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More drivers are uninsured as recession grows deeper
DES MOINES, Iowa | Chances are increasing that the next fender bender you're involved in could be with someone without car insurance. As the recession leaves millions of workers unemployed and pressures family budgets, one place many are cutting is their insurance coverage.
The Insurance Research Council (IRC) estimates that by next year nearly one in six motorists may be driving without insurance. That's 3 million more uninsured drivers than just five years ago.
"We can't explain why people drive uninsured. We just know that a certain percentage of people do, and it does change with economic conditions like unemployment," said IRC Vice President David Corum.
For every 1 percent increase in unemployment nationwide, the percentage of uninsured motorists increases three-quarters of a percentage point, Mr. Corum said. That could result in a total of 16.1 percent by next year, an all-time high. The rate was 13.8 percent in 2007.
The group examined data collected from nine insurance companies, representing about 50 percent of the U.S. private passenger auto insurance market.
Travelers Cos. Inc. reports that it has seen a slight increase recently in uninsured claims and warns against dropping insurance as a way to save money.
"Not having auto coverage could mean financial ruin if you are in an accident where property is damaged or individuals are injured," said William Pearse, the St. Paul, Minn., company's vice president of product strategy and design.
Mr. Pearse notes that it's equally important to carry liability insurance that covers people in the other car and to have uninsured motorist coverage on your policy, which protects you if the other car isn't insured.
The average cost for liability insurance in the United States is about $40 to $50 a month. Although costs can vary, uninsured motorist coverage typically adds from 7 percent to 10 percent to an insurance premium.
Drivers without at least liability insurance are breaking the law in all but two states.
Wisconsin and New Hampshire only require motorists to provide proof that they can pay minimal levels of damage, according to the Insurance Information Institute. Proof may include a surety bond or a certificate of self-insurance, which is often purchased through the state's motor vehicle agency or a certificate of deposit.
Bloomington, Ill.-based State Farm Insurance Cos. is already seeing an increase in the number of accidents involving uninsured drivers.
The average payment on claims in accidents involving an uninsured driver is about $11,000, according to the most recent IRC information.
The insurance industry also is watching the level of underinsured drivers — those carrying too little liability insurance — and has concerns that this number also will spike as people seek to cut insurance costs.
More uninsured drivers also means more people will be forced to take legal action to recover damages. Many will never be fully compensated for car damage and injuries in serious accidents, said Jim Quilty, an attorney with the Crawford Quilty Law Firm in Des Moines, Iowa.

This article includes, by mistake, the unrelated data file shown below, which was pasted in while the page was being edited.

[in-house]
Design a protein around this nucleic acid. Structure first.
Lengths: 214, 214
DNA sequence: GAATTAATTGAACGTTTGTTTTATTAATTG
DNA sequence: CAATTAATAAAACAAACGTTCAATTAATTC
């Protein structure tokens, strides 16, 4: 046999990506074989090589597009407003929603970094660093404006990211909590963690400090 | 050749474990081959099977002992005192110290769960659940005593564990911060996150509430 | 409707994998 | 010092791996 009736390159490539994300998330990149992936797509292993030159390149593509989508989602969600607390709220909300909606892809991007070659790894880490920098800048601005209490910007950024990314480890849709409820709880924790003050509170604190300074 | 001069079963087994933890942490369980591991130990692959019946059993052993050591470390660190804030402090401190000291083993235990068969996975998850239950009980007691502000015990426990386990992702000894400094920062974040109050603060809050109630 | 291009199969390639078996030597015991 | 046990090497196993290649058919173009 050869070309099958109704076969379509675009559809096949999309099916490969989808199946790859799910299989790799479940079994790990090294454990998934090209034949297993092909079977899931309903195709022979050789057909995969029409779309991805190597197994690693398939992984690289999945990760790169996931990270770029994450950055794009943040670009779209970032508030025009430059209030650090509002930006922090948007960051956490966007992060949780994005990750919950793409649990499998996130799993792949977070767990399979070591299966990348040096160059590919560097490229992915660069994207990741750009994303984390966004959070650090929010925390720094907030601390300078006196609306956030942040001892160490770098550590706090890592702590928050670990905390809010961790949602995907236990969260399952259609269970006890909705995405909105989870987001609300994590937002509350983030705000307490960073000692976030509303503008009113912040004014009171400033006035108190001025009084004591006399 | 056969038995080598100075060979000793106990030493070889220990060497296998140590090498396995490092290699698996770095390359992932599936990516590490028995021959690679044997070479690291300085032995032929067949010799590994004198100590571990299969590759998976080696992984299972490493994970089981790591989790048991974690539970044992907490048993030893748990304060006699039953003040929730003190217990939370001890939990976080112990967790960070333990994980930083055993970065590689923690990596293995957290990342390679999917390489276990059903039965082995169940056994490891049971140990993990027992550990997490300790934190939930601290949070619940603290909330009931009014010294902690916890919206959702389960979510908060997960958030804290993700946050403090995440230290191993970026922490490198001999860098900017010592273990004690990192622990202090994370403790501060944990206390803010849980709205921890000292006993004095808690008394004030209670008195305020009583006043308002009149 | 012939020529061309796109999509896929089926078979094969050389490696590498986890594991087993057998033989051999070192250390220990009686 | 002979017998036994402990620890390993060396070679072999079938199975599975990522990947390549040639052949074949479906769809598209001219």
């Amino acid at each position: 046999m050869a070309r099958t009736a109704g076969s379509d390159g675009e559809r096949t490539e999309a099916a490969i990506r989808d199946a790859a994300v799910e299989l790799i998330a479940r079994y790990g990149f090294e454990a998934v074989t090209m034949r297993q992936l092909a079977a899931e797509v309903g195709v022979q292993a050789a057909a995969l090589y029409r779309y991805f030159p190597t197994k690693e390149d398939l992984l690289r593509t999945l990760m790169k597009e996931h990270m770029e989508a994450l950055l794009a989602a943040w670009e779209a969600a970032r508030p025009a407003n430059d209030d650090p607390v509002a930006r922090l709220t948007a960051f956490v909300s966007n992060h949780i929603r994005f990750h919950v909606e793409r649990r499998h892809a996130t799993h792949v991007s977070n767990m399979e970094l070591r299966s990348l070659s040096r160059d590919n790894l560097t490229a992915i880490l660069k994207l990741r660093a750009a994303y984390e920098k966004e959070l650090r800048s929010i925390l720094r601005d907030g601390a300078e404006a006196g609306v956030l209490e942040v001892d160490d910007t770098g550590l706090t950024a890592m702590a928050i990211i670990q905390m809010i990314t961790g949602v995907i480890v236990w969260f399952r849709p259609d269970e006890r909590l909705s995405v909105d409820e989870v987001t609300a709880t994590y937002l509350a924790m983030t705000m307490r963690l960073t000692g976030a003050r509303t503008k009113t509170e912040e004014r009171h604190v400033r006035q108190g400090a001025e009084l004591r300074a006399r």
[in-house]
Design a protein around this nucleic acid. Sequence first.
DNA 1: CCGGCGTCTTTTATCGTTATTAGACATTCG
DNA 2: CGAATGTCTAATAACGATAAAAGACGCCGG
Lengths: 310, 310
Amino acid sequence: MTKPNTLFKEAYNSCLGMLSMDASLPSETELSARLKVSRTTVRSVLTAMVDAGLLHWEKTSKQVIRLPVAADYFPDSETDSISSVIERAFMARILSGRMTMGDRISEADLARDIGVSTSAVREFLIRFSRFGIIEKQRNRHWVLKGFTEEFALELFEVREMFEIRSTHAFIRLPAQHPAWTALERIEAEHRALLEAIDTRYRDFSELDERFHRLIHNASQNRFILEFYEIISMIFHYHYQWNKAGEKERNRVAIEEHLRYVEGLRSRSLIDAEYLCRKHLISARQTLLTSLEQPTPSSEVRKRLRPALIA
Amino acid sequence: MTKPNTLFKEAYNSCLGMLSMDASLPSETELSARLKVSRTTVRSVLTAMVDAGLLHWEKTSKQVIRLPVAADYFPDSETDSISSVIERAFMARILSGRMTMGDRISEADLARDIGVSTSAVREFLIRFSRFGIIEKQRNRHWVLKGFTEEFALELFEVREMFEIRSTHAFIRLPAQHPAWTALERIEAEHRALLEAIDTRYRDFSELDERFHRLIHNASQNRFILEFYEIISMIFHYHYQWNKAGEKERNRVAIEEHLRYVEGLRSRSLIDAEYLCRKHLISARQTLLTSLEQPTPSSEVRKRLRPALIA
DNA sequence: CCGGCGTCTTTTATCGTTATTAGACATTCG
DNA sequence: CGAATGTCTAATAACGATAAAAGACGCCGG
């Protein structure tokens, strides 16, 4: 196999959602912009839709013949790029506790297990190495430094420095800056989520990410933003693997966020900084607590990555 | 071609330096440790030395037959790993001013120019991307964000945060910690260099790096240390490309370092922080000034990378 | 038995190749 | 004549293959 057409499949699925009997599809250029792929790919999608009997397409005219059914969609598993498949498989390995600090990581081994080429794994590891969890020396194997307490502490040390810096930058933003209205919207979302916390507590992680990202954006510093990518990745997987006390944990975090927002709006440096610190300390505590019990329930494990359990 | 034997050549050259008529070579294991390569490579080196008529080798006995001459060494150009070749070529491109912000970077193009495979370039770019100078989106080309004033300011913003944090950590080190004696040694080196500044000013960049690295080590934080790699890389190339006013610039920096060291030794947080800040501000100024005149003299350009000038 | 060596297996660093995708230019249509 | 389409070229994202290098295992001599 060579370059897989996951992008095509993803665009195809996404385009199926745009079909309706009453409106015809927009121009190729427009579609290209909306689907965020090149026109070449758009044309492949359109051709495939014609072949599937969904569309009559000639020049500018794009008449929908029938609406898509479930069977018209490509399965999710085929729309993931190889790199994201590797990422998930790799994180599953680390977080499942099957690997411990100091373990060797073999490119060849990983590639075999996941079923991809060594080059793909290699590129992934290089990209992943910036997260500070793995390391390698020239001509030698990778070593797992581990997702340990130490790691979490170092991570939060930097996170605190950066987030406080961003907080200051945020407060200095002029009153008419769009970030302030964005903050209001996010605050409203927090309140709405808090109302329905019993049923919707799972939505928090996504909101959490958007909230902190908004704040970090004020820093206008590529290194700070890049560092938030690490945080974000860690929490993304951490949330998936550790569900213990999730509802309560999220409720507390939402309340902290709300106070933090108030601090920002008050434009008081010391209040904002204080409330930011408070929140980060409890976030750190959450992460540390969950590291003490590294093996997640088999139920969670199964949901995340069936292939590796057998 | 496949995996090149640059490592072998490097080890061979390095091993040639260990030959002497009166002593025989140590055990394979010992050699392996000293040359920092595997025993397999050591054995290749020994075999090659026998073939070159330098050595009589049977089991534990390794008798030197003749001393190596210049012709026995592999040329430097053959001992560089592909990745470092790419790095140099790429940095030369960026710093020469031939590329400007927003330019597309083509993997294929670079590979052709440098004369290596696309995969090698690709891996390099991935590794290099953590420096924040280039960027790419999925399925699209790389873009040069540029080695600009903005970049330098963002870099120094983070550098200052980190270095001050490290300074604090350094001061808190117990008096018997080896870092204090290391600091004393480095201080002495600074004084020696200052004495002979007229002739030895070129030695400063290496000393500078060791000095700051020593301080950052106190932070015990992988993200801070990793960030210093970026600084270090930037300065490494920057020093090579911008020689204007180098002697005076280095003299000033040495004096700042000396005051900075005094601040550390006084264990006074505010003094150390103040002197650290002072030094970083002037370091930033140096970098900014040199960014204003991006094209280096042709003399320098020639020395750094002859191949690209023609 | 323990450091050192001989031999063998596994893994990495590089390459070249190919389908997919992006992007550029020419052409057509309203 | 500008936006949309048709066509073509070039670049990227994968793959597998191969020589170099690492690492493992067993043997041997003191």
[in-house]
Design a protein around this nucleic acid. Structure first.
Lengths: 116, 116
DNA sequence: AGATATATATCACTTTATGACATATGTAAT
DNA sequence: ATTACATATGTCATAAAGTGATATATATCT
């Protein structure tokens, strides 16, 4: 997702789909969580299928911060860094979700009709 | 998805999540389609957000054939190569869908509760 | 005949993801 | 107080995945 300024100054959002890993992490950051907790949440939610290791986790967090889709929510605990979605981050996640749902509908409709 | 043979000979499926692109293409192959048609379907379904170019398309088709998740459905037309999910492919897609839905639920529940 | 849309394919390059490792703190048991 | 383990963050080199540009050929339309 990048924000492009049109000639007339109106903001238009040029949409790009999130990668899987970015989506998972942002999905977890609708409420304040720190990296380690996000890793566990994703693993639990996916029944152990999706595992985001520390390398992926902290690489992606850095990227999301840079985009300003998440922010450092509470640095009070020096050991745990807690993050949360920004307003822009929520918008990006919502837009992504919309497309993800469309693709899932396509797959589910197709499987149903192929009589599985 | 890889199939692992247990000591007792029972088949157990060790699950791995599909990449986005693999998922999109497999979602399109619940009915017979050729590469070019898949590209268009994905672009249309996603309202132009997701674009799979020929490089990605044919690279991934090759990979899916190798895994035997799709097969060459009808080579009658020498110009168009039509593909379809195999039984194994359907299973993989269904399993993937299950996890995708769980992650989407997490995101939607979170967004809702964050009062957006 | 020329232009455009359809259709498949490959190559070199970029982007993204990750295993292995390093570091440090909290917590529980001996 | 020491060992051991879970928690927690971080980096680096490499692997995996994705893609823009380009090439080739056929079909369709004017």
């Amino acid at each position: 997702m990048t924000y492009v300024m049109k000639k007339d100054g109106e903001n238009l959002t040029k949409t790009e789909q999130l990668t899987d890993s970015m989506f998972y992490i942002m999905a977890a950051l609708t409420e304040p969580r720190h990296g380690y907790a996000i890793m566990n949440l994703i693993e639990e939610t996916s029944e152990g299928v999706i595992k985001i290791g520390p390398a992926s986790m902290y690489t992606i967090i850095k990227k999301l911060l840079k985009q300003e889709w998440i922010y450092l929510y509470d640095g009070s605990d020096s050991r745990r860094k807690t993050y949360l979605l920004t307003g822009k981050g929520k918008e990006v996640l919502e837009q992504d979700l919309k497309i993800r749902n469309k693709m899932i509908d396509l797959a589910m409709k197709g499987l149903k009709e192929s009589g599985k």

"You may have a bankrupt or insolvent defendant from whom you can't collect," he said.
Before you consider driving without insurance, you should know that the penalties may include fines, which in many states cost more than the annual premium for the minimum insurance. Some states also revoke or suspend the car registration or license of uninsured drivers and in some cases take license plates or impound vehicles. A few states may jail violators.
In five states — Alabama, Florida, Mississippi, New Mexico and Oklahoma — nearly a fourth of the drivers had no insurance in 2007, the most recent state statistics available, the IRC said.
States with the lowest uninsured driver estimates were Maine, New York, North Dakota and Vermont, which all had less than 6 percent of drivers with no insurance. Massachusetts was the lowest, with just 1 percent.
Mark Martin, who runs an auto body shop in Ankeny, Iowa, on the northwest edge of Des Moines, said some of his customers have fallen victim to uninsured drivers.
"We do see that. I can't say that we've seen a higher percentage of that yet, but it's a problem," he said.
He experienced firsthand the frustration when an uninsured driver rear-ended his Lincoln Mark VIII a few years ago.
Damage came to about $3,500, and after his $1,000 deductible was taken out, about $2,500 remained to be collected. Mr. Martin said he was very frustrated when his insurance company decided not to go after the driver for the money. Mr. Martin ended up not filing the claim and later fixed the car himself.
"I didn't want to have a nervous breakdown over it, so I just decided not to do anything and later on I repainted the whole car, so I fixed it at that point," he said.
While you may have a clean driving record, more than 6 million crashes were reported to police nationwide in 2007, and the National Highway Transportation Safety Administration estimates 10 million or more crashes are never reported to police each year.
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